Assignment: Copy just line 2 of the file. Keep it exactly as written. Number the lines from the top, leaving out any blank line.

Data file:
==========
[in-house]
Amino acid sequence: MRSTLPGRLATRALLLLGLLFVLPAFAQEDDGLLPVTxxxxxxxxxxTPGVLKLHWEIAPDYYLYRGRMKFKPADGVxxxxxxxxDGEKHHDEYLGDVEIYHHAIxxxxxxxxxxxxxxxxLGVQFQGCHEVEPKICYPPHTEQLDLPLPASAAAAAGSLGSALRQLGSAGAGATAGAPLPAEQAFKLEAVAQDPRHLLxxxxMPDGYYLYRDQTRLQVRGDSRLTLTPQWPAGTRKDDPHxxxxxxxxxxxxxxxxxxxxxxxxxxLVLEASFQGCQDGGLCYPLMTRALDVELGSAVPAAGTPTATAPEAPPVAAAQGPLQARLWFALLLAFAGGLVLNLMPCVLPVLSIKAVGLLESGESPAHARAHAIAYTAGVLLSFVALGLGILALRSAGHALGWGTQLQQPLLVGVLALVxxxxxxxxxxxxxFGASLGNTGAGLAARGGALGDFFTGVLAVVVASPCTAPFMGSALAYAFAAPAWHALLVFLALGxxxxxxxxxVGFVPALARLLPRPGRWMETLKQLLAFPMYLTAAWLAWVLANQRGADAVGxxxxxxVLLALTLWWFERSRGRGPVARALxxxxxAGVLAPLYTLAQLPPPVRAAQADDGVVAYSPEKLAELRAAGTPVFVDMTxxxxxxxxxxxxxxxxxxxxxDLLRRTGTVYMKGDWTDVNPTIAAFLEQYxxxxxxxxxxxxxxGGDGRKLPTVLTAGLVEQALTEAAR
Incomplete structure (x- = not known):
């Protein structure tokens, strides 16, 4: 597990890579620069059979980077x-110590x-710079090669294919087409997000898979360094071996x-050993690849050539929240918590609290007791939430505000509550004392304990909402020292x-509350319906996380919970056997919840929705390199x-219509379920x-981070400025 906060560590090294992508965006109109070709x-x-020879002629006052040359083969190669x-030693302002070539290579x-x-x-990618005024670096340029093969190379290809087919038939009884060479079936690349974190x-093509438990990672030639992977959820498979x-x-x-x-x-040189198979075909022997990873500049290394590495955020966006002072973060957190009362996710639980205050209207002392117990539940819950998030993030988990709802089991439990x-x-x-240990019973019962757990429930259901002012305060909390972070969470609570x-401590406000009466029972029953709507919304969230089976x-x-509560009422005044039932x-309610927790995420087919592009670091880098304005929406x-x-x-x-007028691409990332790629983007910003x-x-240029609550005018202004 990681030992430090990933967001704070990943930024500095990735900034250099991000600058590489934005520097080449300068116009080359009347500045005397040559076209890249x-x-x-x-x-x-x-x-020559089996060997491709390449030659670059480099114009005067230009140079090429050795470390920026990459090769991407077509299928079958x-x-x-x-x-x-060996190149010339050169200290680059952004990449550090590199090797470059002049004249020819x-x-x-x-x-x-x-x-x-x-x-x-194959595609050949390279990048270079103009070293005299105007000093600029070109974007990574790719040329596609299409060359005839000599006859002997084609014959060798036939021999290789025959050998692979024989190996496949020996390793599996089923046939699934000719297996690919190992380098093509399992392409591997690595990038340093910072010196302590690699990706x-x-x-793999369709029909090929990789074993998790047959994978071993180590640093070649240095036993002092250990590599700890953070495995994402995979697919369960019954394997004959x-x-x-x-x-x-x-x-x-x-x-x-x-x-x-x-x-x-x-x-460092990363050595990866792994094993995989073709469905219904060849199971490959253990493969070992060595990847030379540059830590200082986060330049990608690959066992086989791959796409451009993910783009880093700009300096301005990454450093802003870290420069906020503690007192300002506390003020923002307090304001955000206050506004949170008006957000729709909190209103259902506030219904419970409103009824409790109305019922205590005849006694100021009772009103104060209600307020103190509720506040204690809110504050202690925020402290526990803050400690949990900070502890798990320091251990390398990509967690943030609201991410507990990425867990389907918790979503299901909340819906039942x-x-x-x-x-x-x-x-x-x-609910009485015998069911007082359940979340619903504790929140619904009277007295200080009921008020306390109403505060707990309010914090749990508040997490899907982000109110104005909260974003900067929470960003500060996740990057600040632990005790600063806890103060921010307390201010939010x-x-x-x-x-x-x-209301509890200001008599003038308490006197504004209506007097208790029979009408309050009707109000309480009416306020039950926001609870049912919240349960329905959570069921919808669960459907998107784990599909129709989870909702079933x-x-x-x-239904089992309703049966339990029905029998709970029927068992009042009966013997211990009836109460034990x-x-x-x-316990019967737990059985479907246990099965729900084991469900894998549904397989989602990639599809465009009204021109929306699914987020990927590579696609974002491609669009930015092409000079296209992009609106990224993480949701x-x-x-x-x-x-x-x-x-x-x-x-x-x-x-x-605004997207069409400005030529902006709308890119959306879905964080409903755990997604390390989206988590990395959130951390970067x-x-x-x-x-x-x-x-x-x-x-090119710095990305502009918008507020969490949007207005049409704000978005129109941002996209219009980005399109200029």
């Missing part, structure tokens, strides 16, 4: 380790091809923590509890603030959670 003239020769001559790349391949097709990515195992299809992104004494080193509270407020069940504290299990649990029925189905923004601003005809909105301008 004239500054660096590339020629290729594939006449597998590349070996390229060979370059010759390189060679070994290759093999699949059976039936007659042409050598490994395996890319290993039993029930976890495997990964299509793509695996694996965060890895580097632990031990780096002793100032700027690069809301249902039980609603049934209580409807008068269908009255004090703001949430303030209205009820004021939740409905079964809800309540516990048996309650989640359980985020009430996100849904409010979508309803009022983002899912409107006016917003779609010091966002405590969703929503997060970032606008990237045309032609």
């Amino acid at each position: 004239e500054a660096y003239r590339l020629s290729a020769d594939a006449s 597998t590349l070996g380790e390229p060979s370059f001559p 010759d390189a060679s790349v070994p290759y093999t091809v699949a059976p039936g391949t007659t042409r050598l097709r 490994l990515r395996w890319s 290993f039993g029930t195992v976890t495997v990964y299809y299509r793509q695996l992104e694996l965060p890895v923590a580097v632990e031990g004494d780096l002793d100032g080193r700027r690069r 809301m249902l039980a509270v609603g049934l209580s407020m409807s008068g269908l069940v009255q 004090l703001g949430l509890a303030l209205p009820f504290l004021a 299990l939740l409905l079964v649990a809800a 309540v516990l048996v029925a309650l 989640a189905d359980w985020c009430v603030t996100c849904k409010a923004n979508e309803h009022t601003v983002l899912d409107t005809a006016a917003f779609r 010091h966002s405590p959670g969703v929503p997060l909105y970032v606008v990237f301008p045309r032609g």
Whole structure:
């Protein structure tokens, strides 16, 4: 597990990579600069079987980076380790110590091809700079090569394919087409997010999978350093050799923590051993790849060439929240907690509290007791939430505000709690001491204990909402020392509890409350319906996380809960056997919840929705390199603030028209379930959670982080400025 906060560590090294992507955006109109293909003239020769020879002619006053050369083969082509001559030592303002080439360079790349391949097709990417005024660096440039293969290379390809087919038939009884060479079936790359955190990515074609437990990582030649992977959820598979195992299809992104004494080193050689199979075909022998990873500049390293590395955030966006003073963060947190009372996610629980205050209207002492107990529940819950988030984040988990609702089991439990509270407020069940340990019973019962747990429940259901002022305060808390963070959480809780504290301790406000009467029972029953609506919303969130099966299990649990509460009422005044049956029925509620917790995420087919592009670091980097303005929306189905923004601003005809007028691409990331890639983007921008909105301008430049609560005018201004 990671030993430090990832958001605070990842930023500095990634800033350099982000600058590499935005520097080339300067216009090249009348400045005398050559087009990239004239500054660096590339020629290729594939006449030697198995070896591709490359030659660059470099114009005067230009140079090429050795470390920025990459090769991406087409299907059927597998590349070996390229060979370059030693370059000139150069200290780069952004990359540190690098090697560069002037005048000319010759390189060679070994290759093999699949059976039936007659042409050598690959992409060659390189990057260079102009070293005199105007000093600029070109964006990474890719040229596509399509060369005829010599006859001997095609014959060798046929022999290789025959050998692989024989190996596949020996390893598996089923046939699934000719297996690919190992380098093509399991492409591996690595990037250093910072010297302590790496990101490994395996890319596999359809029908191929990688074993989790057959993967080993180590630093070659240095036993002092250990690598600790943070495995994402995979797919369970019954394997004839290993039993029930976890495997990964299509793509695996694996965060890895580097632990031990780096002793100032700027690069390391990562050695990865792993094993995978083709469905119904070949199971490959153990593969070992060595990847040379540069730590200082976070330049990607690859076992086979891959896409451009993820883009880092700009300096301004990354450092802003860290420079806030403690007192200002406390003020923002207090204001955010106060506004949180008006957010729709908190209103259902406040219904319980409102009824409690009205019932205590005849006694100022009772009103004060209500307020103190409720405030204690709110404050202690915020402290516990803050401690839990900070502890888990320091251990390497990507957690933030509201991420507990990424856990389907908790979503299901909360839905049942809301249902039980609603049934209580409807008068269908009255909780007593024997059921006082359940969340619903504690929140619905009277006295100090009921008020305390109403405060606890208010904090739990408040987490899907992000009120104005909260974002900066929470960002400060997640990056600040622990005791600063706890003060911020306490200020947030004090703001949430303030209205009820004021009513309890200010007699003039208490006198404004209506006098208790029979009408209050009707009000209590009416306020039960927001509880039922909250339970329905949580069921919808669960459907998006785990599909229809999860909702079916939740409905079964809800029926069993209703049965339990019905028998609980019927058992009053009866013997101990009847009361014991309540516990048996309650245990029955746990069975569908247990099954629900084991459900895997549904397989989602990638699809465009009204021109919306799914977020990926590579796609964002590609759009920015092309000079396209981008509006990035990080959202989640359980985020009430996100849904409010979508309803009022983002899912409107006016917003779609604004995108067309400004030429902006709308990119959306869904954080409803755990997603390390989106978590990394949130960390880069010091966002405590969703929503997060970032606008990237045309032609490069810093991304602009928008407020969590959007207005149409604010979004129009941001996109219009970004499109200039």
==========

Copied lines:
Amino acid sequence: MRSTLPGRLATRALLLLGLLFVLPAFAQEDDGLLPVTxxxxxxxxxxTPGVLKLHWEIAPDYYLYRGRMKFKPADGVxxxxxxxxDGEKHHDEYLGDVEIYHHAIxxxxxxxxxxxxxxxxLGVQFQGCHEVEPKICYPPHTEQLDLPLPASAAAAAGSLGSALRQLGSAGAGATAGAPLPAEQAFKLEAVAQDPRHLLxxxxMPDGYYLYRDQTRLQVRGDSRLTLTPQWPAGTRKDDPHxxxxxxxxxxxxxxxxxxxxxxxxxxLVLEASFQGCQDGGLCYPLMTRALDVELGSAVPAAGTPTATAPEAPPVAAAQGPLQARLWFALLLAFAGGLVLNLMPCVLPVLSIKAVGLLESGESPAHARAHAIAYTAGVLLSFVALGLGILALRSAGHALGWGTQLQQPLLVGVLALVxxxxxxxxxxxxxFGASLGNTGAGLAARGGALGDFFTGVLAVVVASPCTAPFMGSALAYAFAAPAWHALLVFLALGxxxxxxxxxVGFVPALARLLPRPGRWMETLKQLLAFPMYLTAAWLAWVLANQRGADAVGxxxxxxVLLALTLWWFERSRGRGPVARALxxxxxAGVLAPLYTLAQLPPPVRAAQADDGVVAYSPEKLAELRAAGTPVFVDMTxxxxxxxxxxxxxxxxxxxxxDLLRRTGTVYMKGDWTDVNPTIAAFLEQYxxxxxxxxxxxxxxGGDGRKLPTVLTAGLVEQALTEAAR